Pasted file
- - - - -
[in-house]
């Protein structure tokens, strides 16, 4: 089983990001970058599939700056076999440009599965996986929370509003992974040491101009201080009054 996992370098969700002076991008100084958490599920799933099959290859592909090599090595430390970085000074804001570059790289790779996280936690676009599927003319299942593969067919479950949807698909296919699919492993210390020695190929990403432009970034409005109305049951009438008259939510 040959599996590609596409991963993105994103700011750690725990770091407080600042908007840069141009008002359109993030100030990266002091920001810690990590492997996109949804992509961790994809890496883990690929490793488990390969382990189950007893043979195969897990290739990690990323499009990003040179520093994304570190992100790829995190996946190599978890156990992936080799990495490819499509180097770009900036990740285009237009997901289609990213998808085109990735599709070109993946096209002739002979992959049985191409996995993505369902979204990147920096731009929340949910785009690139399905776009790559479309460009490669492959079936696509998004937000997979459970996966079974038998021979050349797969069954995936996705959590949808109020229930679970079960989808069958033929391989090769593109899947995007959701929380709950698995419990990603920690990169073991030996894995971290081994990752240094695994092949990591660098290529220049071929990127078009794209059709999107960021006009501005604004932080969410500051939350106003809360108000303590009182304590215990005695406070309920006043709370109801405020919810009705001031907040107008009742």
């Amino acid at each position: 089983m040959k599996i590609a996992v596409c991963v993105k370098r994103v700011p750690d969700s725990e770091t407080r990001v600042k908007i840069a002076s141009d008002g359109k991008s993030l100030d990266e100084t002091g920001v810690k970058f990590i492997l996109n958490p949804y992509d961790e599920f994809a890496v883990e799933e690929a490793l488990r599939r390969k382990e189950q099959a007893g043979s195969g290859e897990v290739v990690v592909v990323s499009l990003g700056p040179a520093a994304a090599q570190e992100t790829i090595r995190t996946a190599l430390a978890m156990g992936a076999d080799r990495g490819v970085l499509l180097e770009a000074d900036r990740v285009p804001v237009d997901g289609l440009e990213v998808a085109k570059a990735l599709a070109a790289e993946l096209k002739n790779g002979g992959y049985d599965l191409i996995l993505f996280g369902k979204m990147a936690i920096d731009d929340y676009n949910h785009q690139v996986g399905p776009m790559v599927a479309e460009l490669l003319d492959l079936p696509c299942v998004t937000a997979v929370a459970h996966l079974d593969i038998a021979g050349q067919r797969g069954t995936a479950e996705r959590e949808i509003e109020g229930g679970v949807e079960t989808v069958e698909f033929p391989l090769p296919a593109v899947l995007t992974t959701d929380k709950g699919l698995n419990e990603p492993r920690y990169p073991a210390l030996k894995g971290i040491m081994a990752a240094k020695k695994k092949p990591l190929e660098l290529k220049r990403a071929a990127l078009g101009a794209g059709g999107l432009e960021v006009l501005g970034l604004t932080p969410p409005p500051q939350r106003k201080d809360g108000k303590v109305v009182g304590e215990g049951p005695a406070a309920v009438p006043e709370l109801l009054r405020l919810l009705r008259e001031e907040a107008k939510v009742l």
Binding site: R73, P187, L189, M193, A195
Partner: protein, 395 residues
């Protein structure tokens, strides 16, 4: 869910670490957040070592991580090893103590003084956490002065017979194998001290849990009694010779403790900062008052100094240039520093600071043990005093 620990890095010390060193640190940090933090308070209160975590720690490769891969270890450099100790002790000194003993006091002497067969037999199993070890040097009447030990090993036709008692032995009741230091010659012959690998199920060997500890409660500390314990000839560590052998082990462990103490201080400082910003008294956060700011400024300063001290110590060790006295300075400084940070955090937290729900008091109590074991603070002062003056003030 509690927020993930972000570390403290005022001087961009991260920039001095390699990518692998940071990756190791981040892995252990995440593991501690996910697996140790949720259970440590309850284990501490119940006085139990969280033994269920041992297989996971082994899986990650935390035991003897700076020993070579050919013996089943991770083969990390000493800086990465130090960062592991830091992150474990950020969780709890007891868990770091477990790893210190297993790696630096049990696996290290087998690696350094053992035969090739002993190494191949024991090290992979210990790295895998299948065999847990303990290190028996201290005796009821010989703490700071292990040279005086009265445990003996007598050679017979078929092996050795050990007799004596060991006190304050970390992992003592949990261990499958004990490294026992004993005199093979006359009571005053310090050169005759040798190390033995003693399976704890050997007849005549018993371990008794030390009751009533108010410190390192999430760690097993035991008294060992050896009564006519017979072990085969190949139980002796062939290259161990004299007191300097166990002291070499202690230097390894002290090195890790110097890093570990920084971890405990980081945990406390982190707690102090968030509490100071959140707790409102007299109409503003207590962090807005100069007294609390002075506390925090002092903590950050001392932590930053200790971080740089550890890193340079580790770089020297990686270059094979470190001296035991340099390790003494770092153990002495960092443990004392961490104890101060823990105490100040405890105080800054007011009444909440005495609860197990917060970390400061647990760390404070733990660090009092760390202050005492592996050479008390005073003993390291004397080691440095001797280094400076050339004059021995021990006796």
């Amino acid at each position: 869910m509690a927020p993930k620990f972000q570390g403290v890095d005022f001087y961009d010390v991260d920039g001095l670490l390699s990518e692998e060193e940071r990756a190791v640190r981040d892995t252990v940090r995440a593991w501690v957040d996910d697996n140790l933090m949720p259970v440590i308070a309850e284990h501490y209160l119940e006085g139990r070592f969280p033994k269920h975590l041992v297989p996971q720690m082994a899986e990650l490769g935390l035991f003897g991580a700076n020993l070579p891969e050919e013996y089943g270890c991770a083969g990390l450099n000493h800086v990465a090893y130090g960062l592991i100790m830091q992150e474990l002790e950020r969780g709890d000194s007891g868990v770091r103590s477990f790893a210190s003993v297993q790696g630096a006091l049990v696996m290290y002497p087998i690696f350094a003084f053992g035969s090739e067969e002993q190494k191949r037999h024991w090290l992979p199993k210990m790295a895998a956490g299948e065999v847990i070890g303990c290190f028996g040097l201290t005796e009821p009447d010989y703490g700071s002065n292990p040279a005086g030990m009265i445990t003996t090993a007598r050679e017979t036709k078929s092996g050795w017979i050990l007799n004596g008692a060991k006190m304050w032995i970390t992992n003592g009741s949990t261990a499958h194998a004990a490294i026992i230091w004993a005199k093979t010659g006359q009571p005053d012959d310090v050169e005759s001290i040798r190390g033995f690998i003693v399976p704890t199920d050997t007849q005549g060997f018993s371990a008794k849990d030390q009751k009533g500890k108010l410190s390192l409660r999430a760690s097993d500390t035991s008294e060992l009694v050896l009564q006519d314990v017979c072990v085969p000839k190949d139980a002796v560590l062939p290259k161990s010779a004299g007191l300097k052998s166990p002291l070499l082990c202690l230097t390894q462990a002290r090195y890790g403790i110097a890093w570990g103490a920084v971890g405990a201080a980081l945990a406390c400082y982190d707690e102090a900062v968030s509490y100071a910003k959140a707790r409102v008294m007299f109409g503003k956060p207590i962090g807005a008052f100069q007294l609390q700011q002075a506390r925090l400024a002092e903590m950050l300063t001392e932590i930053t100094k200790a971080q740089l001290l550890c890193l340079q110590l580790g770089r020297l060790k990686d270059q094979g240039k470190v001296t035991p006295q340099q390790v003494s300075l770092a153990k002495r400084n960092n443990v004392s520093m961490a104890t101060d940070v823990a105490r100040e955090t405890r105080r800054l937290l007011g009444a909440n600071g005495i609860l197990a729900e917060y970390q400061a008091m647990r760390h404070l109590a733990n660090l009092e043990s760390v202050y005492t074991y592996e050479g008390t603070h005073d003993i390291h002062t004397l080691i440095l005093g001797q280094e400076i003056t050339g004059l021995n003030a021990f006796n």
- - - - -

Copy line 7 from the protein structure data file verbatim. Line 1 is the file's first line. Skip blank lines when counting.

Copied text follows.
């Amino acid at each position: 869910m509690a927020p993930k620990f972000q570390g403290v890095d005022f001087y961009d010390v991260d920039g001095l670490l390699s990518e692998e060193e940071r990756a190791v640190r981040d892995t252990v940090r995440a593991w501690v957040d996910d697996n140790l933090m949720p259970v440590i308070a309850e284990h501490y209160l119940e006085g139990r070592f969280p033994k269920h975590l041992v297989p996971q720690m082994a899986e990650l490769g935390l035991f003897g991580a700076n020993l070579p891969e050919e013996y089943g270890c991770a083969g990390l450099n000493h800086v990465a090893y130090g960062l592991i100790m830091q992150e474990l002790e950020r969780g709890d000194s007891g868990v770091r103590s477990f790893a210190s003993v297993q790696g630096a006091l049990v696996m290290y002497p087998i690696f350094a003084f053992g035969s090739e067969e002993q190494k191949r037999h024991w090290l992979p199993k210990m790295a895998a956490g299948e065999v847990i070890g303990c290190f028996g040097l201290t005796e009821p009447d010989y703490g700071s002065n292990p040279a005086g030990m009265i445990t003996t090993a007598r050679e017979t036709k078929s092996g050795w017979i050990l007799n004596g008692a060991k006190m304050w032995i970390t992992n003592g009741s949990t261990a499958h194998a004990a490294i026992i230091w004993a005199k093979t010659g006359q009571p005053d012959d310090v050169e005759s001290i040798r190390g033995f690998i003693v399976p704890t199920d050997t007849q005549g060997f018993s371990a008794k849990d030390q009751k009533g500890k108010l410190s390192l409660r999430a760690s097993d500390t035991s008294e060992l009694v050896l009564q006519d314990v017979c072990v085969p000839k190949d139980a002796v560590l062939p290259k161990s010779a004299g007191l300097k052998s166990p002291l070499l082990c202690l230097t390894q462990a002290r090195y890790g403790i110097a890093w570990g103490a920084v971890g405990a201080a980081l945990a406390c400082y982190d707690e102090a900062v968030s509490y100071a910003k959140a707790r409102v008294m007299f109409g503003k956060p207590i962090g807005a008052f100069q007294l609390q700011q002075a506390r925090l400024a002092e903590m950050l300063t001392e932590i930053t100094k200790a971080q740089l001290l550890c890193l340079q110590l580790g770089r020297l060790k990686d270059q094979g240039k470190v001296t035991p006295q340099q390790v003494s300075l770092a153990k002495r400084n960092n443990v004392s520093m961490a104890t101060d940070v823990a105490r100040e955090t405890r105080r800054l937290l007011g009444a909440n600071g005495i609860l197990a729900e917060y970390q400061a008091m647990r760390h404070l109590a733990n660090l009092e043990s760390v202050y005492t074991y592996e050479g008390t603070h005073d003993i390291h002062t004397l080691i440095l005093g001797q280094e400076i003056t050339g004059l021995n003030a021990f006796n």